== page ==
South Africa are in the box seat heading into day three on what is a slow pitch at Centurion, where batting last will be tough.
Given that 15 wickets have fallen on the opening two days of this Test, and with the weather set fair for the remainder of the match, a draw looks the least likely result in this game.
And with India having to bat last on a pitch that is slow and making run-scoring difficult, South Africa are in control.
Much hinges on the brilliant Virat Kohli to see how close they can get to South Africa, or indeed get into a first innings lead. You’d imagine that should India not get past the hosts’ 335, they’ll be right up against it, having to chase anything more than 300 on a wearing pitch.
Kohli is still there on 85, some 15 runs short of becoming the first batsman on either side to make a hundred in this series and the second Indian captain to make a century in South Africa after Sachin Tendulkar hit 169 at Newlands in 1997.
You’d bet that Kohli will get to three figures, but scoring runs – even for him – is becoming more difficult. That much can be seen by the fact that it took him two hours and 20 minutes, and 30 overs in total, to hit a boundary, having gone from 45 to 81 without finding the fence. And when it did come, late in the day, it was through a vacant second slip off an outside edge.
They reckoned that day two would be the best conditions for batting and if that is the case then it’s going to be tough out there from Monday onwards. Of the 15 wickets that have fallen, five have been to spin and there have been three run-outs. So, between the seven seamers across both sides, only seven wickets have been snared. Out and out pace has not been rewarded.
Little wonder Faf du Plessis opened the bowling with Keshav Maharaj, albeit only for one over before lunch was taken. But Maharaj went into the books as the first South African spinner to open a Test innings since Aubrey Faulkner against Australia in 1912. Maharaj has already sent down more overs (16) than any other South African bowler in this innings so far, and Ravi Ashwin did the same for India, taking 4-113 in 38.5 overs.
In their innings, South Africa batted at a run rate of 2.94 and in their reply, India operated at 3.0 to the over. At that rate they should be around 240 by the time the second new ball becomes available and that’s still some 95 runs behind the Proteas. If they have lost more wickets, that will also swing the odds further in favour of the Proteas. It’s very much advantage South Africa and batting first was crucial on what has been a disappointing pitch for those expecting pace and bounce.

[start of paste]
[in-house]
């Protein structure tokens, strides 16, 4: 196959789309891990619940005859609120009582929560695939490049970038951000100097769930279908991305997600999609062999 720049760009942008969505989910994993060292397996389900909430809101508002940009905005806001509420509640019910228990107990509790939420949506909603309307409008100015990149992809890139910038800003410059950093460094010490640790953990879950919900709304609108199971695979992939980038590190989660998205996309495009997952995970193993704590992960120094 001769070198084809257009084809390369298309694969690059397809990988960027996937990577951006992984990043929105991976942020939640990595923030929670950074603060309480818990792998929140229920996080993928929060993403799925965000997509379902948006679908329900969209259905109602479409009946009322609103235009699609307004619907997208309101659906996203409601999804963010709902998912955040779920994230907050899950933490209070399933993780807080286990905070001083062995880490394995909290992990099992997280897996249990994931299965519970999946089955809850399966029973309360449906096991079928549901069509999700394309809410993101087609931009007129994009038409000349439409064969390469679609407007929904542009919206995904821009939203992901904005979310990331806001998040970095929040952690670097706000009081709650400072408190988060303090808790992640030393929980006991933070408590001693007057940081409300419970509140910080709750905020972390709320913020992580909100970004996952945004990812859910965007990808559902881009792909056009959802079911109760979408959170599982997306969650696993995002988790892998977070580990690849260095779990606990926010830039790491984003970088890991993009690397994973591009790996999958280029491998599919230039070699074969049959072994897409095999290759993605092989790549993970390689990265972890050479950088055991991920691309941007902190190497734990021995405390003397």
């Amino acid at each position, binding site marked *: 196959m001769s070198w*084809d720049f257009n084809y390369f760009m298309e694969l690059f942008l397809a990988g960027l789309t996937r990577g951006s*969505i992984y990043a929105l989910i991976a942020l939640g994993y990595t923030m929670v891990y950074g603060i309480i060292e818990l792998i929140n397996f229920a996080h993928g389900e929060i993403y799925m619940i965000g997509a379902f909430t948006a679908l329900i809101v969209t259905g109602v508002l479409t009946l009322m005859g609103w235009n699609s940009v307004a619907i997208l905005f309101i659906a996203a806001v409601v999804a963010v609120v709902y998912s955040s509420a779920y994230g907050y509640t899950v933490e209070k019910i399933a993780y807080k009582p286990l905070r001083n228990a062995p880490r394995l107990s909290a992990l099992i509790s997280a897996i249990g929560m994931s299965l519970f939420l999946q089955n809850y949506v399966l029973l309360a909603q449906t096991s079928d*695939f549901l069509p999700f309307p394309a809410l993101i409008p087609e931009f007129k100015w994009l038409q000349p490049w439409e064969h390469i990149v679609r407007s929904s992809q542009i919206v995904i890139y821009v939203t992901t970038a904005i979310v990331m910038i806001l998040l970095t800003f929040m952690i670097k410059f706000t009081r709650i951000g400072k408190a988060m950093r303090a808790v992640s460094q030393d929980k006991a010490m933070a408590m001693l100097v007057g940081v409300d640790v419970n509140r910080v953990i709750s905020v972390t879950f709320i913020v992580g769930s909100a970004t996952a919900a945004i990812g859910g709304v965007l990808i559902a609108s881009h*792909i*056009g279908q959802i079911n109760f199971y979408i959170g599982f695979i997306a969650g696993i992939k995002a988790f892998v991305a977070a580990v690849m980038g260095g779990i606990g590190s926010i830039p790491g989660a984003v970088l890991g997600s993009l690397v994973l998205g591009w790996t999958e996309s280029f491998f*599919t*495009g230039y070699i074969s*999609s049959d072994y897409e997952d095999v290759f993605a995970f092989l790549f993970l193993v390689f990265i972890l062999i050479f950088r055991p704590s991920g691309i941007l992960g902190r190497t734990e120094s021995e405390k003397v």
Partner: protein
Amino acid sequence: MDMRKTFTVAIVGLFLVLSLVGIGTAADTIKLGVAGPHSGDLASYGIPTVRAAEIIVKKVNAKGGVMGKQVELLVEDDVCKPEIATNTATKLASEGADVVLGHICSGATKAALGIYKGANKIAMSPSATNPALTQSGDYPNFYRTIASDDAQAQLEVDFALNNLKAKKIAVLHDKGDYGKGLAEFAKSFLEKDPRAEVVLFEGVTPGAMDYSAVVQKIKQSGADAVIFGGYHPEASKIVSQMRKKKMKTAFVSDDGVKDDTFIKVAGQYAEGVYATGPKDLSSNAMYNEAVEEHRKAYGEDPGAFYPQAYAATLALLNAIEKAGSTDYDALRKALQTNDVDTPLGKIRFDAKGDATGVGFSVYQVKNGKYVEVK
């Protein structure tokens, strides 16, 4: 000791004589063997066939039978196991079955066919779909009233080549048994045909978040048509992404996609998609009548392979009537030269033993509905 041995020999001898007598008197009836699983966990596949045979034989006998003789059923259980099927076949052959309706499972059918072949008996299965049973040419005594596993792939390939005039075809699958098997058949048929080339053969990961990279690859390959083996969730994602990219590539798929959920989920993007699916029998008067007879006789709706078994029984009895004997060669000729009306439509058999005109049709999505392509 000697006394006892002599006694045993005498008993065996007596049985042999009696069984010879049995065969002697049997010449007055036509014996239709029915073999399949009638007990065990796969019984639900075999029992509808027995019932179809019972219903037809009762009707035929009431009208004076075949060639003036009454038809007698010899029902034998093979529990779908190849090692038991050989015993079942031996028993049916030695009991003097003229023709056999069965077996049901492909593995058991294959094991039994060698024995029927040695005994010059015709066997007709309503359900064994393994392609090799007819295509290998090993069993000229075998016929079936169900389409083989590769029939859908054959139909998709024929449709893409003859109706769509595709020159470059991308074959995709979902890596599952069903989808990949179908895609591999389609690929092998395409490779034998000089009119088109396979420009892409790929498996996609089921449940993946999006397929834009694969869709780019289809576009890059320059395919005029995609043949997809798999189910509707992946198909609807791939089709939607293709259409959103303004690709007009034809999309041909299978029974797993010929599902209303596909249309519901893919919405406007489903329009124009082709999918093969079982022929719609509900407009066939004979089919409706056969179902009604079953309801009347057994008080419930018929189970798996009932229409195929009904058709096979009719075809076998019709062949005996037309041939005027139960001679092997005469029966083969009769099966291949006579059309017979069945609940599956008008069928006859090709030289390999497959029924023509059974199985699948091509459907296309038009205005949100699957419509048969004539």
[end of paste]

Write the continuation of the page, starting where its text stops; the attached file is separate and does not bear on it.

Former India opening legend Sunil Gavaskar has said a number of times how the pitch is one that could have been prepared in India, for India. The groundstaff have done South Africa no favours and Du Plessis and Ottis Gibson surely didn’t ask for a moribund surface while picking their ‘Four Horsemen’ of Vernon Philander, Morne Morkel, Kagiso Rabada and Lunga Ngidi. And if they didn’t ask for the slow surface, why was it produced? To get the match into day four and five, for TV revenue, especially in India?
It is perhaps telling too that there were only two DRS reviews asked for in the entire second day’s play and they came 60 overs apart. The first was against Du Plessis and the second against Kohli – both were unsuccessful – which also shows that there hasn’t been a plethora of appeals and chances, although wickets have tumbled at regular intervals.
The trend should continue, with bowlers’ lines and lengths frustrating the batsmen who are also never going to feel truly ‘in’ on a pitch that will surely start doing some tricks later on Monday. It might sound obvious enough but the first session of the third day could determine the fate of this Test match. Conventional wisdom would suggest that South Africa will take a first-innings lead and bat well enough in their second innings to take a winning chance away from India, but with Kohli at the crease and looking a class act, everything will hinge on him.